Researchers from San Raffaele Hospital in Milan, Italy, created and extensively characterized a new mouse model of malignant mesothelioma. The model allows the researchers to study the interactions between cancer cells and the immune system, enabling better studies of the early development of malignant mesothelioma.
The study, “Human malignant mesothelioma is recapitulated in immunocompetent BALB/c mice injected with murine AB cells,” was published in the journal Scientific Reports.
Most animal models of malignant mesothelioma are based on the use of human tumor cells transplanted into mice with a compromised immune system. This approach suffers a number of limitations, including the inability to observe interactions between the immune system and tumor cells. As altered immune responses contribute to the development of mesothelioma, it is crucial to study the development of the cancer in animals with an intact immune system.
Instead of using mouse mesothelioma cells derived from tumors that spontaneously developed after mice were exposed to asbestos, the research team used three different mesothelioma cell types and injected them into normal mice.
HMGB1 is a factor released by damaged cells, alerting the immune system to cell death. Cells in the mesothelium release the HMGB1 factor after asbestos exposure, which contributes to the early inflammation known to precede cancer development. Moreover, the tumor needs HMGB1 for ensuing growth.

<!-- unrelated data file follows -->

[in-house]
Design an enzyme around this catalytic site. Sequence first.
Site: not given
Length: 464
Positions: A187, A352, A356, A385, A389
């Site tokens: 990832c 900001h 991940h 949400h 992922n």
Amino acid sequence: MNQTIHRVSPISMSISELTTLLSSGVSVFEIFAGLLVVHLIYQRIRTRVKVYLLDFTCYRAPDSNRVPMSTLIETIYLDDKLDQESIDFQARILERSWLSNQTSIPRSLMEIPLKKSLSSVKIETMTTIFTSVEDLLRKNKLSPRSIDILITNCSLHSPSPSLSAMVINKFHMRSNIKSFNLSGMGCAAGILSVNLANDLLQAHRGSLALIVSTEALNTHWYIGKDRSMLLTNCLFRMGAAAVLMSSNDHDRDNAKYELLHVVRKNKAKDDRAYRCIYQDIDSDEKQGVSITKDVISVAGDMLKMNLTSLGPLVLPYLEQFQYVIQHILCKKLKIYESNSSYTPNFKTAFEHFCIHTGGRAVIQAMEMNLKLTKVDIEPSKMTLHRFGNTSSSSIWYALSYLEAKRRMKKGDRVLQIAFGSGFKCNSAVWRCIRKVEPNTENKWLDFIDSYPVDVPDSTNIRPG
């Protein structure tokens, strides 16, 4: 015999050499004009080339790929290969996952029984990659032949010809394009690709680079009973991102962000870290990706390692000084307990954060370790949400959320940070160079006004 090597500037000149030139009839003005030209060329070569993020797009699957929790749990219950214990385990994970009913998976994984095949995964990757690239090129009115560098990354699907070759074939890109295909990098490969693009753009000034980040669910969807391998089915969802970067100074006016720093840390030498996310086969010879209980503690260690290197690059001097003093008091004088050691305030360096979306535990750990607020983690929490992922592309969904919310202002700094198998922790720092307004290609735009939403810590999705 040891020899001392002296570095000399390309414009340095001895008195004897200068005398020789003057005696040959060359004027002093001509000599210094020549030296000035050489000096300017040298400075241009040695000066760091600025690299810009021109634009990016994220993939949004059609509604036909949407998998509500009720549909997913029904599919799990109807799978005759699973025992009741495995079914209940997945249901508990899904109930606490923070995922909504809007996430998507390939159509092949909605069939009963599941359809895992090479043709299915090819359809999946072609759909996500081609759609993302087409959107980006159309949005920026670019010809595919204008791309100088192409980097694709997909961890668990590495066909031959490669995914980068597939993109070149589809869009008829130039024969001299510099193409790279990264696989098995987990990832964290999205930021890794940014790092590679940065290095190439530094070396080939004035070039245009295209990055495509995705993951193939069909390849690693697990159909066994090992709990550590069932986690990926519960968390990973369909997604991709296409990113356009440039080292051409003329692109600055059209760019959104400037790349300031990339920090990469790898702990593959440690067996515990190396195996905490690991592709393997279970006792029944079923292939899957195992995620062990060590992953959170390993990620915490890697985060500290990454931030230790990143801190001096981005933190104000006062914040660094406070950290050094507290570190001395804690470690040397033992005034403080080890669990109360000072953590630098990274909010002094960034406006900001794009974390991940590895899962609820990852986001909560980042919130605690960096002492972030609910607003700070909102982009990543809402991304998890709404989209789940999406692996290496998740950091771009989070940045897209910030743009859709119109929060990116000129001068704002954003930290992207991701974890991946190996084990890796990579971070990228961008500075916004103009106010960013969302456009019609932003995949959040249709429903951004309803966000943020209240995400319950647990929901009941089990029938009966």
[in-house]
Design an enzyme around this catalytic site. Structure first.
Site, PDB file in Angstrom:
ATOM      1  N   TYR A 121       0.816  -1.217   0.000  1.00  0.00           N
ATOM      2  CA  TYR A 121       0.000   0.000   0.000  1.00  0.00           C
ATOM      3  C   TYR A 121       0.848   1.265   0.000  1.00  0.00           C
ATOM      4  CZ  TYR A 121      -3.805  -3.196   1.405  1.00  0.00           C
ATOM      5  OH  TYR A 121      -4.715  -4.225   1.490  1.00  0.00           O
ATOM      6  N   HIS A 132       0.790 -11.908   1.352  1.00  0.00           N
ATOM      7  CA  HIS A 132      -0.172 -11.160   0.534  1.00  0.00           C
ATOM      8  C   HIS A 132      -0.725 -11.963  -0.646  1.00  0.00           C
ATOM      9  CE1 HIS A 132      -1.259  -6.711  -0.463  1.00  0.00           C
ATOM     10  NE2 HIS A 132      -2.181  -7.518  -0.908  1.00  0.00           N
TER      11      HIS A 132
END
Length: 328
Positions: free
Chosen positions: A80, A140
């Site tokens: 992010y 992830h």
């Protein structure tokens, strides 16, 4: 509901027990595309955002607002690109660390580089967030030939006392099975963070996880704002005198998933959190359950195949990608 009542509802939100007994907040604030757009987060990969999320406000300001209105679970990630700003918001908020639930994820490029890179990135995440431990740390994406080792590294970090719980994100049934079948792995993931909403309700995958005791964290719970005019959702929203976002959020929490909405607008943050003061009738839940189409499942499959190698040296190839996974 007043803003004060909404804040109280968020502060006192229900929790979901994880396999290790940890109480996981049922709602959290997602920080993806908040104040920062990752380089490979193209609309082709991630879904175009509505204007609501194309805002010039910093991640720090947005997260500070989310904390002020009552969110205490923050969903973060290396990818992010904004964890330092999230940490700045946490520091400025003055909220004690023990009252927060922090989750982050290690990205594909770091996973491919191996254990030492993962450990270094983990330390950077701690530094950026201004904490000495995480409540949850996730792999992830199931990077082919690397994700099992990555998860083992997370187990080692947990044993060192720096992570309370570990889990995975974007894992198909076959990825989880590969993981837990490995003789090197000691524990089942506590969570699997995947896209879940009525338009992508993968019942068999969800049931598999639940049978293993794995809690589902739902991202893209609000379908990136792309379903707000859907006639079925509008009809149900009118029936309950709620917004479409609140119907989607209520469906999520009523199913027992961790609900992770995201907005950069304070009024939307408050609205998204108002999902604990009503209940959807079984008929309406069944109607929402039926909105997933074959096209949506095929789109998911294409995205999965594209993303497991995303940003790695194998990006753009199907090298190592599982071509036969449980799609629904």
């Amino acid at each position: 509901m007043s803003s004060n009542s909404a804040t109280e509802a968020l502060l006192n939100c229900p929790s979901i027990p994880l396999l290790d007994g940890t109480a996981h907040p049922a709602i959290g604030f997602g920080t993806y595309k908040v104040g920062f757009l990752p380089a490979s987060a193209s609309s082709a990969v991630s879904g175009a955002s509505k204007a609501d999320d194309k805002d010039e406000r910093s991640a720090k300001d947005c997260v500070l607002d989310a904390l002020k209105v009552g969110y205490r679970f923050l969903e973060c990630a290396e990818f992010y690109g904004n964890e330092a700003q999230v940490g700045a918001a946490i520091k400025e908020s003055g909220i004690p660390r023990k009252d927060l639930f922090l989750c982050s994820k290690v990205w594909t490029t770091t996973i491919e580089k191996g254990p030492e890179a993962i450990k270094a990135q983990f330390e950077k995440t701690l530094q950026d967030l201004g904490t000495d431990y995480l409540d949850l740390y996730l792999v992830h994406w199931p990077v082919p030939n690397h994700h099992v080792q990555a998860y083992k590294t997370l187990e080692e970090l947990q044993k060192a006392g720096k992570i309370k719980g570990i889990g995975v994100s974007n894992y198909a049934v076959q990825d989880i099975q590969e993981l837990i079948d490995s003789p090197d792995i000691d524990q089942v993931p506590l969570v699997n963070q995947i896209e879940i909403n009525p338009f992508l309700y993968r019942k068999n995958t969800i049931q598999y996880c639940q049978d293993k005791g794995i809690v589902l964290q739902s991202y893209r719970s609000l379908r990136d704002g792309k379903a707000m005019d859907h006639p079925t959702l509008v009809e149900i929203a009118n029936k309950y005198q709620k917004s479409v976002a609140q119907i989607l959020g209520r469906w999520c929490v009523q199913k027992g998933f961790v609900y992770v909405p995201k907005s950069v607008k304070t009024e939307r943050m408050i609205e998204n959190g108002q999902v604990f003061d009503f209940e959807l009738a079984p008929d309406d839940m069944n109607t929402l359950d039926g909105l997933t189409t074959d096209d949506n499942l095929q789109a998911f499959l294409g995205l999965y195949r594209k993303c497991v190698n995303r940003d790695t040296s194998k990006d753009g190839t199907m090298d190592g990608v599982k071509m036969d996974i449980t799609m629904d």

While targeting HMGB1 could be a way to stop tumor growth, the factor is also part of the immunogenic cell death response – a process whereby anticancer drugs can kill tumor cells by activating the body’s own immune response.
So, the researchers wanted to study how the tumors developed after injection of cancer cells, particularly how they responded to HMGB1. The team also explored the genetic setup and the expression of biomarkers in the tumors.
The team found that the tumors in the mouse model were very similar to their human counterparts. Furthermore, they produced high levels of HMGB1, and responded to the factor in a similar way to human tumors.
The tumors derived from the three cell types expressed in different kinds of markers. Researchers also observed that the tumor cells, while in lab culture, expressed a different set of markers than the established tumor in the mice. The finding mimics earlier observations made in studies on human mesothelioma cells.
Findings also showed that the mesothelioma tumors in the mouse model reacted to treatment in a similar fashion to human malignant mesothelioma.
The authors believe the new mouse model is a valuable tool, and should be used in preclinical research on malignant mesothelioma.